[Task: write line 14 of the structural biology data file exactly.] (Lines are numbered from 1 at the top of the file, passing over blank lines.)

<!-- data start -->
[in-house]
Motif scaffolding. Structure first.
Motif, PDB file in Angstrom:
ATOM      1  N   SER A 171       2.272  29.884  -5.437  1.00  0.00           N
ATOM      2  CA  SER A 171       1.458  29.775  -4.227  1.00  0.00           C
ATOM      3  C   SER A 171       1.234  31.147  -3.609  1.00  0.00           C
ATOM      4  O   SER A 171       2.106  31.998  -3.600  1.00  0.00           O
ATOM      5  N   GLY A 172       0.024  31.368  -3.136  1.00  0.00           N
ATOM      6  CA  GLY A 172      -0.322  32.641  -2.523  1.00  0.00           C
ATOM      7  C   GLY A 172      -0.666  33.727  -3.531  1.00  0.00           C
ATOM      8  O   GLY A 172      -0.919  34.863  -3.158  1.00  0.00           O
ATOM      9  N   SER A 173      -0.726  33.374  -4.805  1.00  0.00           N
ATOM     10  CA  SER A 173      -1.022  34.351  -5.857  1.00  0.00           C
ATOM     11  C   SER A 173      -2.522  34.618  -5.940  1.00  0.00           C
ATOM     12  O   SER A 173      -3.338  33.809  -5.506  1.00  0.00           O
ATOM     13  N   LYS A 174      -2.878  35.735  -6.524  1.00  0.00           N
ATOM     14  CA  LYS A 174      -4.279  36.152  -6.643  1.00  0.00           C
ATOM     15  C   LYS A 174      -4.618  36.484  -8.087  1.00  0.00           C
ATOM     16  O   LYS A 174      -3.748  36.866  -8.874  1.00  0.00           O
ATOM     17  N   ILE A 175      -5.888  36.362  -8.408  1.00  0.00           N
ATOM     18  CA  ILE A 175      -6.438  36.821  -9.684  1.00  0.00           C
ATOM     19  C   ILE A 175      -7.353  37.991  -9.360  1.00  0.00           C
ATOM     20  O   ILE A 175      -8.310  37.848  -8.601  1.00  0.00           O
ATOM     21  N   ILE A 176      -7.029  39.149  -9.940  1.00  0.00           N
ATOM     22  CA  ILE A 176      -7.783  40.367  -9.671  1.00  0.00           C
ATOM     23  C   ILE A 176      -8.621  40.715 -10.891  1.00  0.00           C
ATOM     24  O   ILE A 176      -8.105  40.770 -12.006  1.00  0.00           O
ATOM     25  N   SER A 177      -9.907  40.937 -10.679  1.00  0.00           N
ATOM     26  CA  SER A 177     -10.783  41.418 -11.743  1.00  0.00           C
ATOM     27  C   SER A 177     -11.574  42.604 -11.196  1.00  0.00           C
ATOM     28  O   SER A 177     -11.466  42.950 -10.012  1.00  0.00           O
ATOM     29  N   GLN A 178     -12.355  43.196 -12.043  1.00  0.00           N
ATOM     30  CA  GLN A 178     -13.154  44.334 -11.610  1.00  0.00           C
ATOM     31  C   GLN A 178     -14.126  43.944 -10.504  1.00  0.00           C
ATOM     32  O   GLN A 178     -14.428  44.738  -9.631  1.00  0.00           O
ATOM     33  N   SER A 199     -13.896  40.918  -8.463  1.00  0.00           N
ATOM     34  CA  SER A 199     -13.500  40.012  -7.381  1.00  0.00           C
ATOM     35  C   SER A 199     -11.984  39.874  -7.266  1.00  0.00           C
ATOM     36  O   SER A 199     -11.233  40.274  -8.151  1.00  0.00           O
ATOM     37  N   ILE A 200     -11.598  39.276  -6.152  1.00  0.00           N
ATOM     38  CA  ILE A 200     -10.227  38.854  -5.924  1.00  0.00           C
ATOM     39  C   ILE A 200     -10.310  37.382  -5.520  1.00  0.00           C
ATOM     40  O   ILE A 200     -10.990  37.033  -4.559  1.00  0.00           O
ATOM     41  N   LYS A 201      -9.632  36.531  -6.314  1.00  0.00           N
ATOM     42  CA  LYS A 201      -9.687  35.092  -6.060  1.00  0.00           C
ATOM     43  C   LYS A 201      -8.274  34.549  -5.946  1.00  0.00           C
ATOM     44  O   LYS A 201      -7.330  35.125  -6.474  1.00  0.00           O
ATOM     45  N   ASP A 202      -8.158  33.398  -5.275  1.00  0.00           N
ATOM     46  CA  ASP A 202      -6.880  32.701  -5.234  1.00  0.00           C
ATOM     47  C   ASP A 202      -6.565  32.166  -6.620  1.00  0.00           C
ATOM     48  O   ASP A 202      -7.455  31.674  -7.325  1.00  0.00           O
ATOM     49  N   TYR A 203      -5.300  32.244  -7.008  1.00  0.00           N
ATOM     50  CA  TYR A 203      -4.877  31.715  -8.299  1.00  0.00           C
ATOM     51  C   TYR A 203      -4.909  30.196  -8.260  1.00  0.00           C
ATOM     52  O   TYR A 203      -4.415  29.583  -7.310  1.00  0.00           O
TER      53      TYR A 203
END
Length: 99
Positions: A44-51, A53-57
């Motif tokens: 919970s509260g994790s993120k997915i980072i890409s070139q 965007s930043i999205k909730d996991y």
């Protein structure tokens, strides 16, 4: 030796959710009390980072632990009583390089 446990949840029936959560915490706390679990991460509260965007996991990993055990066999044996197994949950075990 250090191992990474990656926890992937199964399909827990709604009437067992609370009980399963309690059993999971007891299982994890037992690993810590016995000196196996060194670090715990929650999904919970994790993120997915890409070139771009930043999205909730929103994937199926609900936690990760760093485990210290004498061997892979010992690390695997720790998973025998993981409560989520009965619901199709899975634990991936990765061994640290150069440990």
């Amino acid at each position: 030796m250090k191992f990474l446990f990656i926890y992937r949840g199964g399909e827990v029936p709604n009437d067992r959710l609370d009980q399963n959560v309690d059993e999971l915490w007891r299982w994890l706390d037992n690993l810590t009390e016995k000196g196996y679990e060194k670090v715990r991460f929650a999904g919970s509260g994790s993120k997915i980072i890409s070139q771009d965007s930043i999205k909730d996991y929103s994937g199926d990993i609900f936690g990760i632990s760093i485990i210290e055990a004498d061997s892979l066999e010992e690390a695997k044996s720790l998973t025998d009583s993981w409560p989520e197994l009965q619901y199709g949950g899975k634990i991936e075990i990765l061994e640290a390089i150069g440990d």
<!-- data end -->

ATOM     11  C   SER A 173      -2.522  34.618  -5.940  1.00  0.00           C